with the developer. In support of this process, the Commissioners asked DCNC to
outline the concerns, priorities and requests we had previously received from our
communities. We provided a 4-page document informed by the community feedback wereceived during the most recent development proposal for this property bySterling Enterprises in 2018 [link to pdf].
In late January 2022, EDENS invited DCNC to meet for a second time to present a preliminary site plan in preparation for their community meeting on February 22, 2022. (This was the plan recently reported in Decaturish and the AJC.) We had many questions and concerns – many of the same ones we see neighbors asking on various social media platforms. (Note: The plan EDENS will present at their community meeting on February 22, 2022 may vary from these preliminary materials.)
While we still have some important concerns, we have been encouraged by the fact that EDENS has shown its willingness to listen and adjust, and we look forward to further dialogue as the plans evolve. Following their formal presentation to the community, we will listen to your concerns and actively collect community feedback before coming back to the table with EDENS and our Commissioners.
What happens next: After their pre-submittal community meeting on February 22nd, EDENS will file its rezoning application and begin the public review process. The plans will be reviewed by the DeKalb District 2 Community Council, the DeKalb Planning Commission, and the staff of the DeKalb County Planning & Sustainability Department. Each of these bodies will make a recommendation. Ultimately the Board of Commissioners will vote on whether to grant the rezoning. Developments of this size often take many months to work through this process. We will keep you informed of the meeting dates once we have them.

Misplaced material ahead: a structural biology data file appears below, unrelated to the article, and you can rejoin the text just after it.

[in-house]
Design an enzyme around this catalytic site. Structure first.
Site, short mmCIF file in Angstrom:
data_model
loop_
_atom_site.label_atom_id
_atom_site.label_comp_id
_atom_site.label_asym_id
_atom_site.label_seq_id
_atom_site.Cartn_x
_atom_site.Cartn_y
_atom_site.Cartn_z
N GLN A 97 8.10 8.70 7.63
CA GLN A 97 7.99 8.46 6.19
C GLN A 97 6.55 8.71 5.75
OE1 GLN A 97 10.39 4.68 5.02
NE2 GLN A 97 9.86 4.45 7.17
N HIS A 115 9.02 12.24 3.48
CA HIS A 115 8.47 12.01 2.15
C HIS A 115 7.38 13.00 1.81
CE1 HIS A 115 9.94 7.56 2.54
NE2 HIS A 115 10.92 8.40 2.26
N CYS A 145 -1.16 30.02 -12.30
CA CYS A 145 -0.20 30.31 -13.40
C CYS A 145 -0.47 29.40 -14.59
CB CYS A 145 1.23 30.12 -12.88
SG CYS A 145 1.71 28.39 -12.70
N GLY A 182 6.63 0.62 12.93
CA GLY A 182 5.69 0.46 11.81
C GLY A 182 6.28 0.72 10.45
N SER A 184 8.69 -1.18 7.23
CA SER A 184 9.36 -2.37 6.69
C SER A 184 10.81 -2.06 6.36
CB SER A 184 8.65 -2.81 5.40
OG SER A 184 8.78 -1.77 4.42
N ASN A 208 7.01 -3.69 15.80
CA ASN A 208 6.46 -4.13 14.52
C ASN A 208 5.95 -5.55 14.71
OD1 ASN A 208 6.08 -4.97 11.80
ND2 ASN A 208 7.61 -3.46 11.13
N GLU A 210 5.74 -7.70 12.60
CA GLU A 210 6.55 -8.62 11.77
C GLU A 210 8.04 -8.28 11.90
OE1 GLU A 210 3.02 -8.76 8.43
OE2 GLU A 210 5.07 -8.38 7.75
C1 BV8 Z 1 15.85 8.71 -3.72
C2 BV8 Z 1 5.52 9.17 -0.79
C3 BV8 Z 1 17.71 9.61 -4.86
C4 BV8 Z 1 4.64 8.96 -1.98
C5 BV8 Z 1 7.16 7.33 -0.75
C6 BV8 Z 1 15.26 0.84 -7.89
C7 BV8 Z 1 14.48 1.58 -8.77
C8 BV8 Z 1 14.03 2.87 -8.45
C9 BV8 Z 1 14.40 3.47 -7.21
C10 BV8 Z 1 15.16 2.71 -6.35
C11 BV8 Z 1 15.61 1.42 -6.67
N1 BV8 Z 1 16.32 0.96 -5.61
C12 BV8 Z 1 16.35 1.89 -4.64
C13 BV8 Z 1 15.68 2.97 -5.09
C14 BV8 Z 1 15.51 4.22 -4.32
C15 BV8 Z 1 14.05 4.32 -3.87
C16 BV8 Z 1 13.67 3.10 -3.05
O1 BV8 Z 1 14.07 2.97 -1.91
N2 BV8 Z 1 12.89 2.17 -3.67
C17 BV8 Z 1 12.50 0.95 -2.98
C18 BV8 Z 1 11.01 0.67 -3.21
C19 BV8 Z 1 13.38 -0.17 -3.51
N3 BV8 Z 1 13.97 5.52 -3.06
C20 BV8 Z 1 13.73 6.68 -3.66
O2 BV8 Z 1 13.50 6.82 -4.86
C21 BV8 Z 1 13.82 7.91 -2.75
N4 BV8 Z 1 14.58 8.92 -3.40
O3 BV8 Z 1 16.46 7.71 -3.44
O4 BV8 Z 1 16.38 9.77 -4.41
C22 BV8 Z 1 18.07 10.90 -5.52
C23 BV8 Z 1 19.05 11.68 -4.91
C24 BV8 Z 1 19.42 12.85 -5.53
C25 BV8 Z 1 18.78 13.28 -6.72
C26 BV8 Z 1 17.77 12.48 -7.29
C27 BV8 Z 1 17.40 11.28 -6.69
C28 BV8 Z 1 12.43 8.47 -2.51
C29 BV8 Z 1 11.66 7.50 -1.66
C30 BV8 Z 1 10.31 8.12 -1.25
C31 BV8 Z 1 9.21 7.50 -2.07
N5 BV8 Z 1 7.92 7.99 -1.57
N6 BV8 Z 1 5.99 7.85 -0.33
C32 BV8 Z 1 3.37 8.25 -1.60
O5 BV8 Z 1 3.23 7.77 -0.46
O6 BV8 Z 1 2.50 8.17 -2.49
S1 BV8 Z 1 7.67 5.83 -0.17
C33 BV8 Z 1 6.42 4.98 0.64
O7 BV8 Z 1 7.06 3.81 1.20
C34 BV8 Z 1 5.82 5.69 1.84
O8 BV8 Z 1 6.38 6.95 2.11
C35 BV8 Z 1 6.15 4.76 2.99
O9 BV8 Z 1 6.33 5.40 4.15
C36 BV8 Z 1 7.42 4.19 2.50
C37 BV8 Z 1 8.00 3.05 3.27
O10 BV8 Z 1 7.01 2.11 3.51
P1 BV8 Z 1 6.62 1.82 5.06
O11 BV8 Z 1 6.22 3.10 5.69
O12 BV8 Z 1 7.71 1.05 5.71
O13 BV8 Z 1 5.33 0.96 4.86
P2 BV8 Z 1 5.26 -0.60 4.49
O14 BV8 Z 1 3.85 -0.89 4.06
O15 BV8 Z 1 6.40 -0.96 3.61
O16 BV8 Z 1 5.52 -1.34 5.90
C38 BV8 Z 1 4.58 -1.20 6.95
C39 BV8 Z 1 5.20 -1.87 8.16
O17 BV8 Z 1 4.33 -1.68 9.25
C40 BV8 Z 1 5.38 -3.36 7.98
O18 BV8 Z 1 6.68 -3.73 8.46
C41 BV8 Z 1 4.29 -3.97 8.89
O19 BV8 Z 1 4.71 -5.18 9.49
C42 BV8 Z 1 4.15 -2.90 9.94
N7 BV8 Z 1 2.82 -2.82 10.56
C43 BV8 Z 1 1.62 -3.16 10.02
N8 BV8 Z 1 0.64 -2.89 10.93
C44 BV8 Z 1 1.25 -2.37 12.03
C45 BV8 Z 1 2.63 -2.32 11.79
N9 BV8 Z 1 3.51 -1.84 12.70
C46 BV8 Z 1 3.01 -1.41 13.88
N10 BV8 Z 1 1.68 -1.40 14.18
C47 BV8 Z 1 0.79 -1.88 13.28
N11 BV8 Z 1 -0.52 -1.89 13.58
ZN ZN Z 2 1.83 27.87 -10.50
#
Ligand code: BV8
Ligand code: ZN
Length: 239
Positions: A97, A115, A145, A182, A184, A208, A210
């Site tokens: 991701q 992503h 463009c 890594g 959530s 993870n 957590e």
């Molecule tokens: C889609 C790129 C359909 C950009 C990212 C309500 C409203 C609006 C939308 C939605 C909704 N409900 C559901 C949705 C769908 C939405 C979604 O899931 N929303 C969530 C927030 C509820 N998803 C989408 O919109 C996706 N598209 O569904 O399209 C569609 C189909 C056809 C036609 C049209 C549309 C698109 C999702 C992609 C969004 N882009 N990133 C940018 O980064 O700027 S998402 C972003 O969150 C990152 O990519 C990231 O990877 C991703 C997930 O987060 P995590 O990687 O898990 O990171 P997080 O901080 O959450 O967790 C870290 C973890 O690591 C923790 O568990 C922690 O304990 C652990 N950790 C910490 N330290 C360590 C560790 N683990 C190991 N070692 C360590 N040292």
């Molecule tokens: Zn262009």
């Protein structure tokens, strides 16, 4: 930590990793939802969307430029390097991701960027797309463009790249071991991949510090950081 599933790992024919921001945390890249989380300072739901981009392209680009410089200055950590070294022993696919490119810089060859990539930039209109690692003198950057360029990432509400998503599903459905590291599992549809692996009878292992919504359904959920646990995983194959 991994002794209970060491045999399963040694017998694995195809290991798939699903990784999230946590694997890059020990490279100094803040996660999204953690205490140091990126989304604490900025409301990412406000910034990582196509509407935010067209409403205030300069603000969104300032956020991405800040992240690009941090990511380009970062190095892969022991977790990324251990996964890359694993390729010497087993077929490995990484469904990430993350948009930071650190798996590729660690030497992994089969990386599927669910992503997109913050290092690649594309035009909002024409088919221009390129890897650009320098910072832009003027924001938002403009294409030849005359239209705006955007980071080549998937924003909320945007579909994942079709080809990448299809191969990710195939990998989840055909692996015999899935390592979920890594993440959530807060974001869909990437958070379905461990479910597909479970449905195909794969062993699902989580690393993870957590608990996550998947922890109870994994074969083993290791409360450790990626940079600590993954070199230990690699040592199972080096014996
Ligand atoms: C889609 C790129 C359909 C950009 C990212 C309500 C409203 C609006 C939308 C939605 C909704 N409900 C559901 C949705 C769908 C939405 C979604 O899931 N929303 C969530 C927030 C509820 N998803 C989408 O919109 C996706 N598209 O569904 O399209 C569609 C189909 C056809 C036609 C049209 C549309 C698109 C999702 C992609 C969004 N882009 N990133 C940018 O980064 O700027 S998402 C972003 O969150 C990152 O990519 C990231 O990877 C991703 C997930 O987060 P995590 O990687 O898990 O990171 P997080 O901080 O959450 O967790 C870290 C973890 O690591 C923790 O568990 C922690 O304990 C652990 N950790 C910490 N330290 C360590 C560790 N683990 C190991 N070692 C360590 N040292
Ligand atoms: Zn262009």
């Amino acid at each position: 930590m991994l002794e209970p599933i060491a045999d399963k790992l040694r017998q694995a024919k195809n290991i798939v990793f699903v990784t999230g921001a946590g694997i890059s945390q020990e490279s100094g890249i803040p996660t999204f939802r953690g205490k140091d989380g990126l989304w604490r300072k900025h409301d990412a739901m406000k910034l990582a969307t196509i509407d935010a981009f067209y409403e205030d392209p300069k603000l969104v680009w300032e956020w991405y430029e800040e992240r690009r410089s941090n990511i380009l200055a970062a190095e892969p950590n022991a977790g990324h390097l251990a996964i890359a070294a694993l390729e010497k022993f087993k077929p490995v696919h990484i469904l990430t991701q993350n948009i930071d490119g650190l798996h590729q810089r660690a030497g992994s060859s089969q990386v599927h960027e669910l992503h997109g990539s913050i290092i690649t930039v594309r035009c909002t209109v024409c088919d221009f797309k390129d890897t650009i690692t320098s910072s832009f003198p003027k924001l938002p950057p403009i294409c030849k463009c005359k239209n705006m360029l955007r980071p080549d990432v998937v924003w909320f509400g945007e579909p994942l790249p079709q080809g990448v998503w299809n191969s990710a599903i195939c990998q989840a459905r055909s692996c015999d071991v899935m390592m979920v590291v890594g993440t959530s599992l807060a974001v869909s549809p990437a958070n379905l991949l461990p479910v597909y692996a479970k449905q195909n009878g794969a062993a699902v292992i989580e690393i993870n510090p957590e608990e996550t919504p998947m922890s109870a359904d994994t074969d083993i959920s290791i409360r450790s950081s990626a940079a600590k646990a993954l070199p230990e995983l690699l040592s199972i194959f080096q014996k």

Projects of this size require a Development of Regional Impact study (DRI). The DRI process looks at impacts created by the development beyond its immediate boundaries. This study produces an advisory report for informational use by the host local government as it moves through its local process. EDENS has already begun this process and study results should be available in the spring.
The County has also contracted the PATH Foundation to do a preliminary study of alternative transportation options available in the area that surrounds North DeKalb Mall. PATH will hold a series of public meetings, tentatively beginning in March. We will let you know the dates. This is the first building block needed for the community to understand what options we have in our area.
Every development is different and as such the DCNC will assess how we can best assist the community with the redevelopment at North DeKalb Mall as it unfolds. In the past we have addressed a range of community issues by negotiating contracts to ensure that a developer’s promises regarding community benefits are legally enforceable.
As always we are restricted by the dictates of the county zoning code. The amount of leverage we are able to exert during negotiations is directly proportional to the property’s current zoning designation and the type and number of zoning changes and special permits requested by the developer. We are fortunate to have County Commissioners who have encouraged us and often complement our conditions with their own. Their planning expertise and support has been essential to our efforts.
Community involvement: DCNC members are here to support the voices of our communities. Each DCNC member organization represents many residents of DeKalb and our strength during negotiations comes from those numbers. Your participation and input are crucial. We are here to solicit, organize and share neighborhood feedback with EDENS and the Commissioners. We will work to keep you informed of upcoming meetings and developments. We encourage you to stay informed and if you do not understand something, ask us. At any time during the process you can send us your input by reaching out to your neighborhood association or by emailing the DCNC directly at firstname.lastname@example.org, and we strongly encourage you to do so.